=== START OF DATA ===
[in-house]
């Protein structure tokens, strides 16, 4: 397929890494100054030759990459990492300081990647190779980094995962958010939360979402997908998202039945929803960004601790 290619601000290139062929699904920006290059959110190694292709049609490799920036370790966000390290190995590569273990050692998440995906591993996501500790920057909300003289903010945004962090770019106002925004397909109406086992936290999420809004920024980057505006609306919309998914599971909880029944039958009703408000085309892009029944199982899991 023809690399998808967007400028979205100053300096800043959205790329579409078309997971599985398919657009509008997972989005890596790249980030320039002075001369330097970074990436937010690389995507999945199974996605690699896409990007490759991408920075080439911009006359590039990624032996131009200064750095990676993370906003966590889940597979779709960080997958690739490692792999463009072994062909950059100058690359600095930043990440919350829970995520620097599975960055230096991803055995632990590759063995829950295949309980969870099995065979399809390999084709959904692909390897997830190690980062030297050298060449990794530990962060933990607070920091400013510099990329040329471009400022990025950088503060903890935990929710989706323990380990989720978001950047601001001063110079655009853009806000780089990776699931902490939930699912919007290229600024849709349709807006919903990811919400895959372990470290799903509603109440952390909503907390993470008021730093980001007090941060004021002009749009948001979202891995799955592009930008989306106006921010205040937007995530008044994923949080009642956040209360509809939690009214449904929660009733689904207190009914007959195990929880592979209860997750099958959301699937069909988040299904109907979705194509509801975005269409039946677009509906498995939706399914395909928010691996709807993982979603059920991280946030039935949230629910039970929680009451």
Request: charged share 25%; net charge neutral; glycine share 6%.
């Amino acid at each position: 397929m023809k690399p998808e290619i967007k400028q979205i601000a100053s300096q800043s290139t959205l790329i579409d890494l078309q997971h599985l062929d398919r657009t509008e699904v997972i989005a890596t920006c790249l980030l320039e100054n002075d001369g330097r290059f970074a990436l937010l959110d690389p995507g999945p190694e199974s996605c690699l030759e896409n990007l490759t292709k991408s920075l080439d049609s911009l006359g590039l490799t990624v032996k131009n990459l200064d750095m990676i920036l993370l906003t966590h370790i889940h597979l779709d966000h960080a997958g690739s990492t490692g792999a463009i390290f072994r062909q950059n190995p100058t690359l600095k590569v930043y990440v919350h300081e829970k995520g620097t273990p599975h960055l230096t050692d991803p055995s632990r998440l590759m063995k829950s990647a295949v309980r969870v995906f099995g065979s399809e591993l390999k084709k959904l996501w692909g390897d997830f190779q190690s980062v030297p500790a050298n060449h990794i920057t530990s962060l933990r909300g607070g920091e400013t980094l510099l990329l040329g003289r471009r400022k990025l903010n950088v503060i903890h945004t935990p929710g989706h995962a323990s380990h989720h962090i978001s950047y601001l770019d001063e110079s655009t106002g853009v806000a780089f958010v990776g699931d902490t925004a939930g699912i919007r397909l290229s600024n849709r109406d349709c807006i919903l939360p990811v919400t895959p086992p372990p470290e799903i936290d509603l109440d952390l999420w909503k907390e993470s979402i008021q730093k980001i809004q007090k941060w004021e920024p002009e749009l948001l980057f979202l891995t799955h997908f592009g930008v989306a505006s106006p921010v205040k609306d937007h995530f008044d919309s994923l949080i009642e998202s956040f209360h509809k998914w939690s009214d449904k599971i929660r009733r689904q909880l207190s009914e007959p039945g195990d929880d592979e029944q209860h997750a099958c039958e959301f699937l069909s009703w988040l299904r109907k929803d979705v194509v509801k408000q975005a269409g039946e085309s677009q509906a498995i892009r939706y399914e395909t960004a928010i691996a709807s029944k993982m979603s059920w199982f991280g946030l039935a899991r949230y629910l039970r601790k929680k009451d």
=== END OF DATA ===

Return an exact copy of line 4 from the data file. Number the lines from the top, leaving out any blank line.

């Amino acid at each position: 397929m023809k690399p998808e290619i967007k400028q979205i601000a100053s300096q800043s290139t959205l790329i579409d890494l078309q997971h599985l062929d398919r657009t509008e699904v997972i989005a890596t920006c790249l980030l320039e100054n002075d001369g330097r290059f970074a990436l937010l959110d690389p995507g999945p190694e199974s996605c690699l030759e896409n990007l490759t292709k991408s920075l080439d049609s911009l006359g590039l490799t990624v032996k131009n990459l200064d750095m990676i920036l993370l906003t966590h370790i889940h597979l779709d966000h960080a997958g690739s990492t490692g792999a463009i390290f072994r062909q950059n190995p100058t690359l600095k590569v930043y990440v919350h300081e829970k995520g620097t273990p599975h960055l230096t050692d991803p055995s632990r998440l590759m063995k829950s990647a295949v309980r969870v995906f099995g065979s399809e591993l390999k084709k959904l996501w692909g390897d997830f190779q190690s980062v030297p500790a050298n060449h990794i920057t530990s962060l933990r909300g607070g920091e400013t980094l510099l990329l040329g003289r471009r400022k990025l903010n950088v503060i903890h945004t935990p929710g989706h995962a323990s380990h989720h962090i978001s950047y601001l770019d001063e110079s655009t106002g853009v806000a780089f958010v990776g699931d902490t925004a939930g699912i919007r397909l290229s600024n849709r109406d349709c807006i919903l939360p990811v919400t895959p086992p372990p470290e799903i936290d509603l109440d952390l999420w909503k907390e993470s979402i008021q730093k980001i809004q007090k941060w004021e920024p002009e749009l948001l980057f979202l891995t799955h997908f592009g930008v989306a505006s106006p921010v205040k609306d937007h995530f008044d919309s994923l949080i009642e998202s956040f209360h509809k998914w939690s009214d449904k599971i929660r009733r689904q909880l207190s009914e007959p039945g195990d929880d592979e029944q209860h997750a099958c039958e959301f699937l069909s009703w988040l299904r109907k929803d979705v194509v509801k408000q975005a269409g039946e085309s677009q509906a498995i892009r939706y399914e395909t960004a928010i691996a709807s029944k993982m979603s059920w199982f991280g946030l039935a899991r949230y629910l039970r601790k929680k009451d």